And this is why I am writing about Coren again, mere hours after advising Vox not to do so. Yesterday Father de Souza wrote in the National Post to complain about MC's complaining, but in the combox, sure enough, were commentators mistaking intellectual honesty for nastiness. I'm Canadian born and bred, and one of the worst things you can say, as a Canadian, to other Canadians, is that another Canadian is nasty. (In Toronto, "right-wing", let alone "far right-wing", is pretty bad too.)
Being nasty is downright un-Canadian, and given the sad history in English-speaking Canada of prejudice against Roman Catholics, the libel that Roman Catholics are A) nasty and B) downright un-Canadian is really easy to stick. Because we have strong Roman Catholic principals that are at odds with the Anglo-Canadian zeitgeist, whether that is saying Mass (an abomination to 19th century Presbyterians) or objecting to same-sex marriage (an abomination to 21st century agnostics), we are called INTOLERANT.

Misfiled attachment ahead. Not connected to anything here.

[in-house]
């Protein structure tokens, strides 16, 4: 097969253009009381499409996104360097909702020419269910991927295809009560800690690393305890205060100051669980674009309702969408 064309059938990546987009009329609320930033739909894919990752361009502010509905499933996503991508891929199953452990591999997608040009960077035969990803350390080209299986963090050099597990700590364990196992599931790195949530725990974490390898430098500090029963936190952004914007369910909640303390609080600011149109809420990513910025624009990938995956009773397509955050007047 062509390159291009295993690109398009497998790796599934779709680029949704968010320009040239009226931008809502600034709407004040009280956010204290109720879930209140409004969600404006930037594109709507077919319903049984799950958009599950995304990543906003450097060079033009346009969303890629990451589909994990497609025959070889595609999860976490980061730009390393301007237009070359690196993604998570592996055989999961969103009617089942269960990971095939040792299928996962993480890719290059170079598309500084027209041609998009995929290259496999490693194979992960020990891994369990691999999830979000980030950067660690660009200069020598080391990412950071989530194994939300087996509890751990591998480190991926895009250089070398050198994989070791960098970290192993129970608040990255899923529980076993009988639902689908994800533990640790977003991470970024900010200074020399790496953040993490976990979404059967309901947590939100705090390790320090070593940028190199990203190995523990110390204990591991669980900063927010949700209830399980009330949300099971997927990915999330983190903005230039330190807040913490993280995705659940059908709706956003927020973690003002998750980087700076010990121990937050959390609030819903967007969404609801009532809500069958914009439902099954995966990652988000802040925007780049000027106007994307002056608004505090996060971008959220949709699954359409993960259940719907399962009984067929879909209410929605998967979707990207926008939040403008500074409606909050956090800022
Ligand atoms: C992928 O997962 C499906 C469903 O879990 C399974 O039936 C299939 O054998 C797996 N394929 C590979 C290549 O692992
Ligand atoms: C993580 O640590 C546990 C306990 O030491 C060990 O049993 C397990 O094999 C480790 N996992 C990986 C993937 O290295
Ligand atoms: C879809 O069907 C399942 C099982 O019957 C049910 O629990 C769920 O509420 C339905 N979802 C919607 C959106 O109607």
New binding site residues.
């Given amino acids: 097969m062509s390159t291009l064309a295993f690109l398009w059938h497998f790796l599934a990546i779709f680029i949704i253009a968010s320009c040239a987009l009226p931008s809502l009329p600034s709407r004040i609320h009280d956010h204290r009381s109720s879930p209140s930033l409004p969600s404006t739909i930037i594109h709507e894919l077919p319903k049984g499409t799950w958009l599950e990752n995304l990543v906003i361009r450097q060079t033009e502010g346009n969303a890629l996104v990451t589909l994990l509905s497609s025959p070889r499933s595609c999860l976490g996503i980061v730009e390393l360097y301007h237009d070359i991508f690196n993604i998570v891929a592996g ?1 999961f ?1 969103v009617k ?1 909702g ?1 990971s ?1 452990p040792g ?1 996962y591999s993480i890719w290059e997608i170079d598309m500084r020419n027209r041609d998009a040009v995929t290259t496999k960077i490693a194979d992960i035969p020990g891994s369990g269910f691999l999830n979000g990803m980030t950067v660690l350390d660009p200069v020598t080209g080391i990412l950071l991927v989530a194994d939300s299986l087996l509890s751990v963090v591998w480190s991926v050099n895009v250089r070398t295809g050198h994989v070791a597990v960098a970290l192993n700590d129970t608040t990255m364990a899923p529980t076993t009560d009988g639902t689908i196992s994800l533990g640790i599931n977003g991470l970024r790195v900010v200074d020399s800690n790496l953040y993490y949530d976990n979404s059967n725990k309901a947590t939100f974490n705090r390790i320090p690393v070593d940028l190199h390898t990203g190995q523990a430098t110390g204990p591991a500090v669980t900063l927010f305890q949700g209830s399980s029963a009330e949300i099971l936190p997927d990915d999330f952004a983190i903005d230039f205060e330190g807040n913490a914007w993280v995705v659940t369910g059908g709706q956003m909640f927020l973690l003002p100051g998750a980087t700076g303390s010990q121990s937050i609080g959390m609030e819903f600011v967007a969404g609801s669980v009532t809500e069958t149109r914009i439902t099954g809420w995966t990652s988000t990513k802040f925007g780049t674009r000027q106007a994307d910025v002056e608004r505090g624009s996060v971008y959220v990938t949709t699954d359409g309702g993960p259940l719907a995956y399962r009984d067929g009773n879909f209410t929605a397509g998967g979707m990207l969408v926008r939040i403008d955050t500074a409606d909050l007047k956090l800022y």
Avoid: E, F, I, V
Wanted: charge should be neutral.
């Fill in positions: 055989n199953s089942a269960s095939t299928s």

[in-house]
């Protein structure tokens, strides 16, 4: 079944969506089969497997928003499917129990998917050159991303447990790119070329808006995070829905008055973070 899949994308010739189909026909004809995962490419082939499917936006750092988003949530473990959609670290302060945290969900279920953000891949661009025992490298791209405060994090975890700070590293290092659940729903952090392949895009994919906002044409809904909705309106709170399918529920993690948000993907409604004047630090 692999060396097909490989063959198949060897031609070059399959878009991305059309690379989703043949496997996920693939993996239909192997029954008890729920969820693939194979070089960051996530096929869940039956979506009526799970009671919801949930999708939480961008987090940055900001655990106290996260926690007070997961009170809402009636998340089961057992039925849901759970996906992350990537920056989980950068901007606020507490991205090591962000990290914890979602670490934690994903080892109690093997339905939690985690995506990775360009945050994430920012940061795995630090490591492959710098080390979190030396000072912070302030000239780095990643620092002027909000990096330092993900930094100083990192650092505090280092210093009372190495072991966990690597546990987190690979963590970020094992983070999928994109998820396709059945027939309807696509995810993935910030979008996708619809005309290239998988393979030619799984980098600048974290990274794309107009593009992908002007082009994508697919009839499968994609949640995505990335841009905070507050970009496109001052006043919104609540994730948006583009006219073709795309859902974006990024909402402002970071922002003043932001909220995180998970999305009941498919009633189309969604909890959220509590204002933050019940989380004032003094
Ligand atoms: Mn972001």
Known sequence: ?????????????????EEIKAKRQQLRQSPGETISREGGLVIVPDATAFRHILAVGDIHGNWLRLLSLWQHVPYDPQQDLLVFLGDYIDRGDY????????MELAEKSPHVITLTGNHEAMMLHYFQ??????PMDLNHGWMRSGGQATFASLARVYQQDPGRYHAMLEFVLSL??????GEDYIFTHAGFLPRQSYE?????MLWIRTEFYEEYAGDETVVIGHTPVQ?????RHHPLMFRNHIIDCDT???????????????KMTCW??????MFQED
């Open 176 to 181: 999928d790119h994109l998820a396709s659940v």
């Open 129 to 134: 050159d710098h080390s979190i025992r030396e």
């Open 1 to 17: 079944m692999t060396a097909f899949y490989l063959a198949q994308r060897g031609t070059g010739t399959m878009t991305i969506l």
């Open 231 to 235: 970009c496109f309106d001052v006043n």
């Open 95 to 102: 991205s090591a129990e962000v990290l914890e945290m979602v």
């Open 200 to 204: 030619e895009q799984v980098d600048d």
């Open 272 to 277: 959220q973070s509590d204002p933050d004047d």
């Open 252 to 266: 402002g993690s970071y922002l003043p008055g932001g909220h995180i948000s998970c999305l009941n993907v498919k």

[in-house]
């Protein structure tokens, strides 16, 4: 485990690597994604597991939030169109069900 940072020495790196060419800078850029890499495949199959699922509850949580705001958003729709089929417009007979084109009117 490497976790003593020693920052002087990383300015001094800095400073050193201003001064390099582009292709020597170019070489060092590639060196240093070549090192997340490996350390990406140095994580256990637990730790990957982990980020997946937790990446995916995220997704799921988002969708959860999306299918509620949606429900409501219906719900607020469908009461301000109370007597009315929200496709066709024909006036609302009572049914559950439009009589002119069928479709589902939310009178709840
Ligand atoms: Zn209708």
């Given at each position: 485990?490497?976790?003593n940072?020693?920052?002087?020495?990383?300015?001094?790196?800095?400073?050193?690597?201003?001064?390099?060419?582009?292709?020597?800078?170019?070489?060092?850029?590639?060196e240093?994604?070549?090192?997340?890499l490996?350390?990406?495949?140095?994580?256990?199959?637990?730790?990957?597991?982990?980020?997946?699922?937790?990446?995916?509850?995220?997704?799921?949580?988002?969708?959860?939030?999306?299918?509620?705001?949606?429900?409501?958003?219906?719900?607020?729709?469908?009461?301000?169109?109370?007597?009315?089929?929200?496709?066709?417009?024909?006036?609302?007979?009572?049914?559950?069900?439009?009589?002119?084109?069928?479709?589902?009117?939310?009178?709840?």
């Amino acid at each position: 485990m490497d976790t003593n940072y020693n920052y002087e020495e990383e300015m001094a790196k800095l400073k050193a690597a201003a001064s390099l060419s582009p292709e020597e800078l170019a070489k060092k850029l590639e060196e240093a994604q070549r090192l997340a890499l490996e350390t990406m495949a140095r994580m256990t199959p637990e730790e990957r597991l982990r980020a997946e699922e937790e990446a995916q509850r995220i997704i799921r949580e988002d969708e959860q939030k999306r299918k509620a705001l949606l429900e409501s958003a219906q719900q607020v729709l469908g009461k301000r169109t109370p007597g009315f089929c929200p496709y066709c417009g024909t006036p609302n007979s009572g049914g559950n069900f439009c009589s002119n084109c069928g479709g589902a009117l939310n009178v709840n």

Being intolerant is a terrible social crime in multicultural Toronto, which is so big and crowded, the average man on the street/subway train wishes everyone would shut up and leave him alone to get from A to B untroubled. And as Michael Coren has been in Toronto since 1987, you can bet that he knows that. Indeed, he has built a career on it because his British polemical style was unique to Toronto. And he also knows--indeed he wrote on it--that anti-Catholicism is the last acceptable prejudice in Canada, and so if he wishes to keep his trademark polemical style as a new member of the"liberal" media, trashing Catholics is the way to go. Because when, instead of just shutting up and going with the new status quo, the poor conscience-stricken Canadian Catholic feels that he or she must protest, it is all to easy to label him or her a hater.